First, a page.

Although it is possible to measure sound quality objectively with special tools and devices that detect how accurate the given copy reproduces the original sound, most people do not have the tools and knowledge. To some extent quality can be estimated subjectively, but it's hardly a reliable method. This article provides some general guidelines regarding sound quality.
MP3 is one of the most popular audio formats, and most music is stored / distributed in this format. It's a lossy format, which means that a copy in the MP3 format is somewhat "worse" than the original audio. Parts of audio information are discarded, when you convert audio into MP3. Like with other modern lossy audio formats, so called "perceptual coding" is employed. This method discards pieces of audio information that are less important to the human ear as first.
The main advantage of all lossy formats is smaller file size, compared to lossless formats. Because of "perceptual coding" this does not always mean that "lossy" files sound worse than "lossless" ones. An MP3 file with decent bitrate and frequency values may loose only inaudible information. However, one should take into account that sensitivity changes from person to person, so "inaudible" is a relative term.
There are 3 main parameters of an MP3 file: number of channels (stereo, mono, with variants like joint stereo), frequency (sample rate) and bitrate. Stereo 44 KHz 128 Kbit/s MP3 files are considered to be 'sufficient' for music (with bitrates and frequency lower than that quality degrades too much), but bitrates like 192 Kbit/s or higher are recommended. Using bitrates higher than 320 Kbit/s is meaningless, as size of such files is comparable to lossless while the files are still lossy.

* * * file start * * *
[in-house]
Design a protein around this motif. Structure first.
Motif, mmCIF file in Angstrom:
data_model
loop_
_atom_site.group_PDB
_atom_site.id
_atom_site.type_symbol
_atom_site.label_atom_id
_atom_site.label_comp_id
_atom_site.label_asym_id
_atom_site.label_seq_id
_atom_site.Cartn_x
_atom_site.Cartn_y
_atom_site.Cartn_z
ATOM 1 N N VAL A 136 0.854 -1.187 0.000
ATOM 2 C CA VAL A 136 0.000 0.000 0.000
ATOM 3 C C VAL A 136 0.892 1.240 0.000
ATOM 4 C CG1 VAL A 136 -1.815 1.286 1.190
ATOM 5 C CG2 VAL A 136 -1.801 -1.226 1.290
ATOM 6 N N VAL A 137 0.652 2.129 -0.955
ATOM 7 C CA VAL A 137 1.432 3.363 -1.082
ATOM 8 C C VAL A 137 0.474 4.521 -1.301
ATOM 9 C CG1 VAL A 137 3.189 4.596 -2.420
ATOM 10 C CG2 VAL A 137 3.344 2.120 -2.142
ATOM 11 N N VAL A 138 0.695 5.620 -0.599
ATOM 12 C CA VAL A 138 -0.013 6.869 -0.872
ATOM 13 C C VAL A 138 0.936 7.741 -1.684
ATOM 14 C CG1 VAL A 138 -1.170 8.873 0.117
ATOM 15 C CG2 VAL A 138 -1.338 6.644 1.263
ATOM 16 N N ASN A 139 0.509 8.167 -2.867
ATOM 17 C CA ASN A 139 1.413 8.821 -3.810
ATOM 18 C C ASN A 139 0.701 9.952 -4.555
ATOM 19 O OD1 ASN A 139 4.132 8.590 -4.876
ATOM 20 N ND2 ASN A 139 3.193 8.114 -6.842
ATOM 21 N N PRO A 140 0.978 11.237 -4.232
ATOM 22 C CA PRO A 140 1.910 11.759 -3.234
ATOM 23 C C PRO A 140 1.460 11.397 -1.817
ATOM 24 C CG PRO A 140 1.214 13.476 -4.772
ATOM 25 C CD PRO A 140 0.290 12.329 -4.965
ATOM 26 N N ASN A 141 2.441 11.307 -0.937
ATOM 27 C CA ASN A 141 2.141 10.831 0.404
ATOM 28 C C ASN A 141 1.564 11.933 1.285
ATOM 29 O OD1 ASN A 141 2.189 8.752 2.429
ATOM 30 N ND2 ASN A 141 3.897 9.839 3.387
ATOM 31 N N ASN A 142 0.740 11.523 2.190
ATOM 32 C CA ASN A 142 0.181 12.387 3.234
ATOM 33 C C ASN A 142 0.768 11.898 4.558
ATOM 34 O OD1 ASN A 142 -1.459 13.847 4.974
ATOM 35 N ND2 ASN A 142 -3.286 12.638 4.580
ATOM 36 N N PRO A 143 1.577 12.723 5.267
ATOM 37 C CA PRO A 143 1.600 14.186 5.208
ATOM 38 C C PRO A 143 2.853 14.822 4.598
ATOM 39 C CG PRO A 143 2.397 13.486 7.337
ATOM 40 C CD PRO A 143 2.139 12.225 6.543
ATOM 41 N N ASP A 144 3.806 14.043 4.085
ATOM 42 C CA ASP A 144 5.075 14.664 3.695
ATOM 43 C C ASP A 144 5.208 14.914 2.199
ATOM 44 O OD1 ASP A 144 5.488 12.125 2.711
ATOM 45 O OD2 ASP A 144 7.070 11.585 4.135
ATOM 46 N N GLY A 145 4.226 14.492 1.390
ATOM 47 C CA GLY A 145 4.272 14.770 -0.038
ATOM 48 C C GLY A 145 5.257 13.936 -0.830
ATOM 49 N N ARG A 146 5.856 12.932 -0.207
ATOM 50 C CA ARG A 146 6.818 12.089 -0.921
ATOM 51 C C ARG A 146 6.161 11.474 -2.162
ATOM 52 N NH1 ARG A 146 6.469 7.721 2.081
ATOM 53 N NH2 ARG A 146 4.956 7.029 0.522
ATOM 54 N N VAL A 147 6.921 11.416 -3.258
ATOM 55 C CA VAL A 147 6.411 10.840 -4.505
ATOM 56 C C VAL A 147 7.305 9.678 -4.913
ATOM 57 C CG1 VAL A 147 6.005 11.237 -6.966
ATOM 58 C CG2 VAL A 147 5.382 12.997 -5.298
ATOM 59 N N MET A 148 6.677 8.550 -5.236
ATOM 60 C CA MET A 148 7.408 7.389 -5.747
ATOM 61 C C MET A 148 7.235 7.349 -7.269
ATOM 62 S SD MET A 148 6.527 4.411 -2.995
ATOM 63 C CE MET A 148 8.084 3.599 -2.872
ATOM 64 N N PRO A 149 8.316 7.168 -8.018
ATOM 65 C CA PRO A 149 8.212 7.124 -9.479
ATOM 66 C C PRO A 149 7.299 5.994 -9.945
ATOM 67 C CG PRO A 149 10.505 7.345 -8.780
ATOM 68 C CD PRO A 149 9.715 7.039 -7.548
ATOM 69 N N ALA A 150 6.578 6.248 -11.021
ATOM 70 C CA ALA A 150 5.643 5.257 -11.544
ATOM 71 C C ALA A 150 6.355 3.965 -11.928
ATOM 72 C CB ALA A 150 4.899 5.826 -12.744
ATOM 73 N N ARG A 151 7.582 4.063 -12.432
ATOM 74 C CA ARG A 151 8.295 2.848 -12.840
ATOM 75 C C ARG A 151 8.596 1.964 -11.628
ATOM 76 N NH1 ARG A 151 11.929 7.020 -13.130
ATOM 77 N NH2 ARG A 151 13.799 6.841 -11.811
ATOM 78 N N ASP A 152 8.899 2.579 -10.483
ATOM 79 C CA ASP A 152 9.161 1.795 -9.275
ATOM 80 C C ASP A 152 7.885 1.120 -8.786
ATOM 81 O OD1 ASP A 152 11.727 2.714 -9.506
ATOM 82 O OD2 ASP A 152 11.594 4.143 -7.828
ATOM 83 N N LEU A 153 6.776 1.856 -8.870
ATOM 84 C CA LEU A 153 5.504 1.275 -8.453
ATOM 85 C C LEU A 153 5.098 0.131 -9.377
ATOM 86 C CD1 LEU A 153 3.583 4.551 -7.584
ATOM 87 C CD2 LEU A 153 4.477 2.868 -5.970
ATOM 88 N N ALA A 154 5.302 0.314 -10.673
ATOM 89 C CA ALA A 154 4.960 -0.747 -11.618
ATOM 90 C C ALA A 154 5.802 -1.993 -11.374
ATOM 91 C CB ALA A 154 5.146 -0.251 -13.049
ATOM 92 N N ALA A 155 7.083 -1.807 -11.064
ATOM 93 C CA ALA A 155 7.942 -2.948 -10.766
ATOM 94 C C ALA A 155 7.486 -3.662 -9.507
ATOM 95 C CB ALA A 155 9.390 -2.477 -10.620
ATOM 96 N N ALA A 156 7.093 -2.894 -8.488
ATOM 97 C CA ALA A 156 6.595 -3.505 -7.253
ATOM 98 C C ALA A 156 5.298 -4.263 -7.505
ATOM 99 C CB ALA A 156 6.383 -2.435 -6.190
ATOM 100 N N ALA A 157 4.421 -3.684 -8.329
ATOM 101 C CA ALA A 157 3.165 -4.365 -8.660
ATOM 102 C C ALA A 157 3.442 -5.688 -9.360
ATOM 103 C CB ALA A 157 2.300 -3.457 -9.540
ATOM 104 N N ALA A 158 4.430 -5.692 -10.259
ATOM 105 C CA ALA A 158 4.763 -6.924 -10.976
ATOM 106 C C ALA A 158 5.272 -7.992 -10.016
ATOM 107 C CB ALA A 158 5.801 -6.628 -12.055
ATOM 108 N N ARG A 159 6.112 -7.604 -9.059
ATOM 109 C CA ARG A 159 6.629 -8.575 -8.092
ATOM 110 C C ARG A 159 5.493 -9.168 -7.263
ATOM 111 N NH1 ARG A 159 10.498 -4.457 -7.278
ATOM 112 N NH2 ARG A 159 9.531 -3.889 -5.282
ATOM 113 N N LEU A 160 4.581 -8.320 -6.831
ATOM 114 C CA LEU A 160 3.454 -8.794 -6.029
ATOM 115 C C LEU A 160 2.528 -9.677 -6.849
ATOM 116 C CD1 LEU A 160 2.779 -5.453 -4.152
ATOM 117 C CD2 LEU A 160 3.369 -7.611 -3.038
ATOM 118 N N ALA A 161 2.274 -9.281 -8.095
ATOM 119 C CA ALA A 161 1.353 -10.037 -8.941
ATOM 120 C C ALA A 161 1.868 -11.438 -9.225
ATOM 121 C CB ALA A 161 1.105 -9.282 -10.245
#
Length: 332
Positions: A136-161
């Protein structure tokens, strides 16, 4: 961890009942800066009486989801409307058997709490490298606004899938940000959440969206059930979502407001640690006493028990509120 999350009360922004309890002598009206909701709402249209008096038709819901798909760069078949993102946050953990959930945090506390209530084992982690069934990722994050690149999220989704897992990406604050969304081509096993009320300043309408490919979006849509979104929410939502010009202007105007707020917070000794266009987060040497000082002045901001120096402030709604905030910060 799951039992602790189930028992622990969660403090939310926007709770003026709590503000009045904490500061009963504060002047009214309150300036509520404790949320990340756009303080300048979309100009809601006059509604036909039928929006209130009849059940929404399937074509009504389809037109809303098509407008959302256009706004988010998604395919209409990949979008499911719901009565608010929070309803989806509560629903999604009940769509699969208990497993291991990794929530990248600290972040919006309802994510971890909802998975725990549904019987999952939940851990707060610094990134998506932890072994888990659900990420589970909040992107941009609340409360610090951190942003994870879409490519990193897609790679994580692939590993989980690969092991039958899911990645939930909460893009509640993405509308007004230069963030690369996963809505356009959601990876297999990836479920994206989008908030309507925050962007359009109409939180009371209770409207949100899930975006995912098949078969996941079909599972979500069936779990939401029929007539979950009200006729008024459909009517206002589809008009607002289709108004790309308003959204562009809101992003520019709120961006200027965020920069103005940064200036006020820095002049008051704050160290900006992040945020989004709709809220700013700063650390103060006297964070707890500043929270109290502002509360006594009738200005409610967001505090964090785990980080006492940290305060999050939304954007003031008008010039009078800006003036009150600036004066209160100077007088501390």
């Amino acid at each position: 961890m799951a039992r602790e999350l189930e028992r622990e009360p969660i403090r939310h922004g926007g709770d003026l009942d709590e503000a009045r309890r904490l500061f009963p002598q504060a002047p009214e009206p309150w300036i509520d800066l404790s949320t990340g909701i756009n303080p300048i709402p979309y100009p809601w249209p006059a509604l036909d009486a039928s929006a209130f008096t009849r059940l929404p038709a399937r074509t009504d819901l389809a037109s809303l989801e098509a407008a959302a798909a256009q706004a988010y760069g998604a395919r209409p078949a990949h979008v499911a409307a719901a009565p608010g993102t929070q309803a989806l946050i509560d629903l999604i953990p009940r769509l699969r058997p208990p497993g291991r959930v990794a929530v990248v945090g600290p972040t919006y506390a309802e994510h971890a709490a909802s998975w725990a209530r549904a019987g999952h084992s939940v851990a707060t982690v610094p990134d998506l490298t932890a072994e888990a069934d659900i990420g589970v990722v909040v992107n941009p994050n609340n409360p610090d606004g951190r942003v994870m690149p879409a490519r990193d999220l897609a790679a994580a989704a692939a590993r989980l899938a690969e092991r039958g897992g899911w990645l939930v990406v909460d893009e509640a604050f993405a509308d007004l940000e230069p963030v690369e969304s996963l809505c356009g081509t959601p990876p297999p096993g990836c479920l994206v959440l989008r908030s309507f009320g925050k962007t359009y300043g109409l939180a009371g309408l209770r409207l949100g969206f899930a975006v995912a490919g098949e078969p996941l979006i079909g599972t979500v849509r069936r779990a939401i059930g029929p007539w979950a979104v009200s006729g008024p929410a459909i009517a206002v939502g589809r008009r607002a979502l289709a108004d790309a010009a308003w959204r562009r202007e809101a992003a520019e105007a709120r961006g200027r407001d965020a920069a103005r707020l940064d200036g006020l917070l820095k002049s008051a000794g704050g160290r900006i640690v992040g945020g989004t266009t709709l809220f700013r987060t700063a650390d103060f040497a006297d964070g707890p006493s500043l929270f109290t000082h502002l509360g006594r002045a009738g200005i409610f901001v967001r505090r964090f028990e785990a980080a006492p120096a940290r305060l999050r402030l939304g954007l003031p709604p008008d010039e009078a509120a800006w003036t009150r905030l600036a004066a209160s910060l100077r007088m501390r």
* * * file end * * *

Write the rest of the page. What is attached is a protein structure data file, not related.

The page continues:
Lossless formats keep everything the source audio has, so files in these formats are identical copies. On the other hand, they are bigger (sometimes much bigger) than the same audio in lossy formats. Examples of lossless formats include FLAC, APE, WAV, MPC, etc.
For backup purposes, using lossless formats is the best option. Lossy formats are perfect for portable devices: smaller file size allows saving more songs to the limited storage of a portable device. While some portable players support lossless formats, it's rarely reasonable to prefer them.
Lossless formats are also the best choice as an intermediate medium. For example, if you want to burn MIDI files as an Audio CD, you need to convert MIDI to some audio format with MIDI Converter Studio and then burn the resulting files with a program like Audio CD Burner Studio. Of course, you can convert MIDI to MP3 (lossy), but it would be more reasonable to convert MIDI to WAV (lossless) and then feed the WAV files into Audio CD Burner Studio.
Converting from lossy to lossless is possible, but one gets bigger files with the same quality. While this type of conversion is meaningless, it does not do any harm. As a different sort of example, we can consider converting 128 Kbit/s MP3 to 320 Kbit/s. In this case, we get not only bigger files, but also worse quality! Remember, MP3 is a lossy format, so every time you convert such file, some portion of audio data is discarded.
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